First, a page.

Translated Articles

Volunteers from ACI’s international chapters and international partner associations have translated CI articles into several languages. This activity helps advance the mission of ACI by further disseminating knowledge of concrete technology around the world.

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To address a decline in productivity in concrete construction, ACI has introduced a new center of excellence. Established a few months ago, PRO: An ACI Center of Excellence for Advancing Productivity will bring together leaders from across the architecture, engineering, and construction (AEC) industry to identify potential barriers and find solutions.

Available in the following language(s): Spanish


This month’s Q&A discusses a disagreement between a subcontractor and a general contractor (GC) on tolerances governing concrete work on the project. While the subcontractor believes that 1 in. tolerances in ACI 117-10(15) for horizontal deviations for edge-of-slab location and column location apply, the GC insists on a zero-tolerance condition illustrated in a detail drawing.

Available in the following language(s): Spanish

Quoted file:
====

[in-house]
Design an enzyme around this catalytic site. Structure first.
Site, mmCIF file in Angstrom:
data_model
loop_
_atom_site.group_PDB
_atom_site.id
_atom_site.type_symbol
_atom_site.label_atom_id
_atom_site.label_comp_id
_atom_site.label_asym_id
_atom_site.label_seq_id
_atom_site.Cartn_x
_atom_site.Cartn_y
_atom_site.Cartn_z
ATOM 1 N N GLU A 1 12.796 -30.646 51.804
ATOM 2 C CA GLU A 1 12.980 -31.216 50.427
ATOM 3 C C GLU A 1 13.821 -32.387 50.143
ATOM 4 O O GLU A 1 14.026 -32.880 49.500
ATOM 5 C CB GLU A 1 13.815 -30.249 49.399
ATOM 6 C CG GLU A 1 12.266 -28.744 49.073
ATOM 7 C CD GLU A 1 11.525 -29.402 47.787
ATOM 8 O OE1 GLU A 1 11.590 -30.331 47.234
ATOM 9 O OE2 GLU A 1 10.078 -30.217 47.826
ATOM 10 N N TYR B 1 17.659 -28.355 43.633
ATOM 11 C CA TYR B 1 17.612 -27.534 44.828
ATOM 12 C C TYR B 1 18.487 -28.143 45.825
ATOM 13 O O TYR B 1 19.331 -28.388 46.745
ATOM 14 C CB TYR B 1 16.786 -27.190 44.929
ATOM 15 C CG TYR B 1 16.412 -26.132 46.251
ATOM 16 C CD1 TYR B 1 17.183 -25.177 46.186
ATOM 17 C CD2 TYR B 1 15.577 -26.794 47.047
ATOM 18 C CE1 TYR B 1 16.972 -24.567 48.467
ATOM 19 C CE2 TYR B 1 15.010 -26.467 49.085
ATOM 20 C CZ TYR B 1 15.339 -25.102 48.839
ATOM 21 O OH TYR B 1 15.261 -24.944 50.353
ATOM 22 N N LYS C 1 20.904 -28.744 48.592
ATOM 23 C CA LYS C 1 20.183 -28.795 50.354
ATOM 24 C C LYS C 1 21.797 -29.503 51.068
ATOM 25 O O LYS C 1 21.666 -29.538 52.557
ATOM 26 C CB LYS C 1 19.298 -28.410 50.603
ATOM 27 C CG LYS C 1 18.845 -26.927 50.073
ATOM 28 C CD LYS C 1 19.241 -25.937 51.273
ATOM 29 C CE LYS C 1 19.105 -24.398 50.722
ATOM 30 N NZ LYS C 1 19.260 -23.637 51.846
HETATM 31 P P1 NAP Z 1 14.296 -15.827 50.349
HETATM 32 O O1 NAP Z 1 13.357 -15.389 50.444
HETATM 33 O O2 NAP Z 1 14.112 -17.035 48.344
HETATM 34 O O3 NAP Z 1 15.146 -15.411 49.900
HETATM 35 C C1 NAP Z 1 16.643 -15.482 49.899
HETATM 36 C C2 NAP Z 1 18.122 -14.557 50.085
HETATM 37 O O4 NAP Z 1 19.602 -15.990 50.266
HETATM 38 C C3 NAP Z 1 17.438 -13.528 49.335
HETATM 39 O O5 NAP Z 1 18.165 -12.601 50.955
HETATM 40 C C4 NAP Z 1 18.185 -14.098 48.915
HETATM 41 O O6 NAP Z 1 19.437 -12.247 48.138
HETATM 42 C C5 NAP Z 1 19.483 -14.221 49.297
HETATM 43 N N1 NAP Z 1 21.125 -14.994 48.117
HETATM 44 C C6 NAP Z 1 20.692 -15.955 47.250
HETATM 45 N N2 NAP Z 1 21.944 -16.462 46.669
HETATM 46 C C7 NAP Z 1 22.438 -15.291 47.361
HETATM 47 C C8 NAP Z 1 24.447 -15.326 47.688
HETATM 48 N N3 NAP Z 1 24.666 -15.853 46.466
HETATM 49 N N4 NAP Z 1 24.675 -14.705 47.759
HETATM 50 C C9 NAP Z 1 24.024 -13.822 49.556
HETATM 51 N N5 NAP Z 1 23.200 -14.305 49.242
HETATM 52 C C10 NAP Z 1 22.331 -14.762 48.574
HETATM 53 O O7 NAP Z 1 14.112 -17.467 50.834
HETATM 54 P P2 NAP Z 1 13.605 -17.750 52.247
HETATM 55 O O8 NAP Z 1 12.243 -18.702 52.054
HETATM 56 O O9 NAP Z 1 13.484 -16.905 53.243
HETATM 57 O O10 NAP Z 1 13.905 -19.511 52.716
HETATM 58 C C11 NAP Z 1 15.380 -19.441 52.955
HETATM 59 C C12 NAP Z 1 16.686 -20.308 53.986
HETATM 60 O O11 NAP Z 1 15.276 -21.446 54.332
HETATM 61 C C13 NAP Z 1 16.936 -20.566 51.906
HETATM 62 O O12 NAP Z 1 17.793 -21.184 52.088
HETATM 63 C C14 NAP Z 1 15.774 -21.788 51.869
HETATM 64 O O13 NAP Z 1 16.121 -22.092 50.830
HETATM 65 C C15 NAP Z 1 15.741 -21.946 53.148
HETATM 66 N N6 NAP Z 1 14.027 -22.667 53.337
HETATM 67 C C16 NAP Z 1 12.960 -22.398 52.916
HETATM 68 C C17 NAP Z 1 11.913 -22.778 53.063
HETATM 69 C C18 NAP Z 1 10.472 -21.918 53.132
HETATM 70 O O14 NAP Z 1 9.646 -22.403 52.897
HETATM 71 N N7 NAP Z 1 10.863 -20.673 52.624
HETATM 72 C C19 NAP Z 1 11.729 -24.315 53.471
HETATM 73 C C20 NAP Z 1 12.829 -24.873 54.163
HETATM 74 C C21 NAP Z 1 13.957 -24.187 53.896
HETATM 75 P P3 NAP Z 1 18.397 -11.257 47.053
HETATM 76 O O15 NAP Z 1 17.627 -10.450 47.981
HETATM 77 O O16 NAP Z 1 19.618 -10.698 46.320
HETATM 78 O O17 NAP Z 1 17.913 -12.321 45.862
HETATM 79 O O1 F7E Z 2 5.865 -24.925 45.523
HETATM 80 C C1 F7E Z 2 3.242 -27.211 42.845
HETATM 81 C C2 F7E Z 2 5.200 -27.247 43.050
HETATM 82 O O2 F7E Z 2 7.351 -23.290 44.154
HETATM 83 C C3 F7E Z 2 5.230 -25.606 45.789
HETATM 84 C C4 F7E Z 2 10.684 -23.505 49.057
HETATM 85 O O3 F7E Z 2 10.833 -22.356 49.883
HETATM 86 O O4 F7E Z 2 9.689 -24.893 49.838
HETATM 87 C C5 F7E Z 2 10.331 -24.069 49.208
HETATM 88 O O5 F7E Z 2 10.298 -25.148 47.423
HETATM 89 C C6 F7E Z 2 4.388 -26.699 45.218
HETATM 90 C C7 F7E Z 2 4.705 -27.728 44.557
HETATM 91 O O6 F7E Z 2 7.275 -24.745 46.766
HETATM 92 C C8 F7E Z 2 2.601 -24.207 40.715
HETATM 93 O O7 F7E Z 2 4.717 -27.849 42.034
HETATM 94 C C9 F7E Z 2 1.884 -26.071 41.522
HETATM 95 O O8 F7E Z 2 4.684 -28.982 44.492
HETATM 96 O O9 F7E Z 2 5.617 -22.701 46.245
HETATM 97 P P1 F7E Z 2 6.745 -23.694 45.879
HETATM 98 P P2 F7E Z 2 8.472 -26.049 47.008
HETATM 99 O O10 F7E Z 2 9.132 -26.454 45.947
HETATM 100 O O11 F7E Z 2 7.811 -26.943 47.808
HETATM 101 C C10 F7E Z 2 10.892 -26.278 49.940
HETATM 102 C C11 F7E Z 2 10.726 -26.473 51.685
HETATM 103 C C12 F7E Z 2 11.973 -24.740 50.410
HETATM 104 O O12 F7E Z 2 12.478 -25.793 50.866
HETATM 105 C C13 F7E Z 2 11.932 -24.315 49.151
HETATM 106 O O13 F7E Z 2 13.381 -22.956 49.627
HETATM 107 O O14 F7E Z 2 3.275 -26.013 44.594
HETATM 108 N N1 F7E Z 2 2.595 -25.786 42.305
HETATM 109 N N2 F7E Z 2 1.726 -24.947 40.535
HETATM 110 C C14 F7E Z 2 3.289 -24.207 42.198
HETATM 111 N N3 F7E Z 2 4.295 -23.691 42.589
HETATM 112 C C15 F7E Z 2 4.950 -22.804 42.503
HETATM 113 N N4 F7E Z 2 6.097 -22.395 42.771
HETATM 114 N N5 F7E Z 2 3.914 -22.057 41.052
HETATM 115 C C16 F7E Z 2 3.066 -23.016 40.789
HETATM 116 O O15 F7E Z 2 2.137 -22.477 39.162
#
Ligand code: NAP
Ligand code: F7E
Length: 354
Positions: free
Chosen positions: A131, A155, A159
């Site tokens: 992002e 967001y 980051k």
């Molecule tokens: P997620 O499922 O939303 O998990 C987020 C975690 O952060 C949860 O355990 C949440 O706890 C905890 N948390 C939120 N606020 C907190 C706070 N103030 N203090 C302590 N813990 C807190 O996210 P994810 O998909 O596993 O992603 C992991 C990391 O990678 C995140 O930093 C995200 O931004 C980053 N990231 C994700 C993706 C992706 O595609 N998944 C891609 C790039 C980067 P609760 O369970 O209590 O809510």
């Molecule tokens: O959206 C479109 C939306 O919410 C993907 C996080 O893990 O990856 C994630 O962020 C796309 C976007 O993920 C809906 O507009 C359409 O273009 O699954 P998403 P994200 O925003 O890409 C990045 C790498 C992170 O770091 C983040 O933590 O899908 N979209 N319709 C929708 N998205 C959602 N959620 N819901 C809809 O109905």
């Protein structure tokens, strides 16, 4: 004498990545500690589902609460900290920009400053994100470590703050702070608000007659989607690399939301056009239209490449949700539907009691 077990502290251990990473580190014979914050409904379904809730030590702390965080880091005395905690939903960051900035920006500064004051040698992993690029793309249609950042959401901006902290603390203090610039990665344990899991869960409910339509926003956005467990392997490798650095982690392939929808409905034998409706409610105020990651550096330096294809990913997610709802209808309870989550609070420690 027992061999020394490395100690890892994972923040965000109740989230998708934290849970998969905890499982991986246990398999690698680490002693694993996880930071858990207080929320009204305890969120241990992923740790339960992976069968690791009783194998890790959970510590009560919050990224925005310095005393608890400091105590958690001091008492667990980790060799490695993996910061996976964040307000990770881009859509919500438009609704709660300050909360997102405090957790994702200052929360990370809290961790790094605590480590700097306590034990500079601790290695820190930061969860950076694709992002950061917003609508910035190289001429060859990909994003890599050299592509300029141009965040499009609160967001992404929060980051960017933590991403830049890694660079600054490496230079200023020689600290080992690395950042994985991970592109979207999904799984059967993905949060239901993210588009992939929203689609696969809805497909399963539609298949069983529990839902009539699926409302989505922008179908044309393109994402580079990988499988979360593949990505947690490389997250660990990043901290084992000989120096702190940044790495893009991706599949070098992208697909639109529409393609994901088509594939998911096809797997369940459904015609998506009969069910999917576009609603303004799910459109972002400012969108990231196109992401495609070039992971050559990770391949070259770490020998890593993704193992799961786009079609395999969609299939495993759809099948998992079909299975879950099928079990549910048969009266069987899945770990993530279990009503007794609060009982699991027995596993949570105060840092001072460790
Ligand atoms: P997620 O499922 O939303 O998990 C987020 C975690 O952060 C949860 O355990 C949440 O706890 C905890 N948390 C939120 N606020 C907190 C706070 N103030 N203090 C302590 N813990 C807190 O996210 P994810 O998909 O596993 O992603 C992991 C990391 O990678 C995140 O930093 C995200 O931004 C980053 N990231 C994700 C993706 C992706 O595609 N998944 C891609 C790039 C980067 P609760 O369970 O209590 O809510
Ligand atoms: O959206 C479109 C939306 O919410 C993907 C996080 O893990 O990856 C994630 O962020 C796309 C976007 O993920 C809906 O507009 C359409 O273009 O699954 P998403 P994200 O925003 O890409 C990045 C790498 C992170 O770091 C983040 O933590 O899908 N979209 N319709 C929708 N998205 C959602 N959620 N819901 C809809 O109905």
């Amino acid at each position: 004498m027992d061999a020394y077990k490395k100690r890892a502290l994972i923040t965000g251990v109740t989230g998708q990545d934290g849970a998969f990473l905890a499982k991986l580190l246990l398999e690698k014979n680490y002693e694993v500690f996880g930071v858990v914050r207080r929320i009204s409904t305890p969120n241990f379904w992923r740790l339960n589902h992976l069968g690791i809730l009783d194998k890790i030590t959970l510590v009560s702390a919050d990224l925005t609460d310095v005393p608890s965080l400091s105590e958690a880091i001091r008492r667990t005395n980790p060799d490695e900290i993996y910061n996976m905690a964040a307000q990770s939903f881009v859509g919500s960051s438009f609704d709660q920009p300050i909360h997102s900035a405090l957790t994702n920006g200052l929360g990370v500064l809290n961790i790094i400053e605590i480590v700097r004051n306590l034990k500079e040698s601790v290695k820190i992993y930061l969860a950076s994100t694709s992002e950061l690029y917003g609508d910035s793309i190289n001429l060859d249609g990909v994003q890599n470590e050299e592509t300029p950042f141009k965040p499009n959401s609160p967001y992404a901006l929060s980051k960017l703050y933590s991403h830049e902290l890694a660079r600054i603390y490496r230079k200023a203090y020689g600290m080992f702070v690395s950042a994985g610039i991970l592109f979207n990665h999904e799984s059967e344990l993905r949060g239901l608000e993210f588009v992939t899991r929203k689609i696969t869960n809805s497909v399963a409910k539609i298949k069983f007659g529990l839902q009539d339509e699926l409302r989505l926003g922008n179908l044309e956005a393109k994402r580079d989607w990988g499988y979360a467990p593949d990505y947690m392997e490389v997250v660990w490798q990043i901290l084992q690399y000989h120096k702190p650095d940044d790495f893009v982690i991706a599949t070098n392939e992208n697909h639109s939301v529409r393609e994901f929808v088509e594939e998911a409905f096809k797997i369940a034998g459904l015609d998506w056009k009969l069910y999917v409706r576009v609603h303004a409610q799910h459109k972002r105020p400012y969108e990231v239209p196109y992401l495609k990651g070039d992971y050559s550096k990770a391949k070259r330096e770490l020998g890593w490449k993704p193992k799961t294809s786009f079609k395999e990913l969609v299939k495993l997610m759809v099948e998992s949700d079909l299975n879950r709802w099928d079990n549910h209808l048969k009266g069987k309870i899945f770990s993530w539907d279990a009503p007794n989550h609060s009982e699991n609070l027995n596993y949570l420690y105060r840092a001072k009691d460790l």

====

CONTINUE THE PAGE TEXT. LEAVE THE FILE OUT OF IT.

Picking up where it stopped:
Concrete materials are versatile and strong candidates for extraterrestrial construction. Initial observations from the Materials International Space Station Experiment-Flight Facility show promising results for the durability of geopolymer lunar concrete. While these experiments are a step forward, work is still needed to make the goal of human habitation on the lunar surface feasible.

Available in the following language(s): Spanish


The concept of “partial strength reduction factors” has long been used in Canadian, British, and European building codes. Expanding the use of material ϕ factors (one for concrete and one for steel reinforcement) to all sections and members would provide a uniform approach to factored strength calculations and resolve several abnormalities in the current ACI 318 Code.

Available in the following language(s): Spanish


Architectural concrete requires a higher aesthetic finish than typical structural cast-in-place work. If structural concrete is expected to meet the aesthetic requirements normally associated with architectural concrete, the more subjective properties must be qualified and bid as architectural requirements. Otherwise, final acceptance of cast-in-place structural concrete might be difficult.

Available in the following language(s): Spanish

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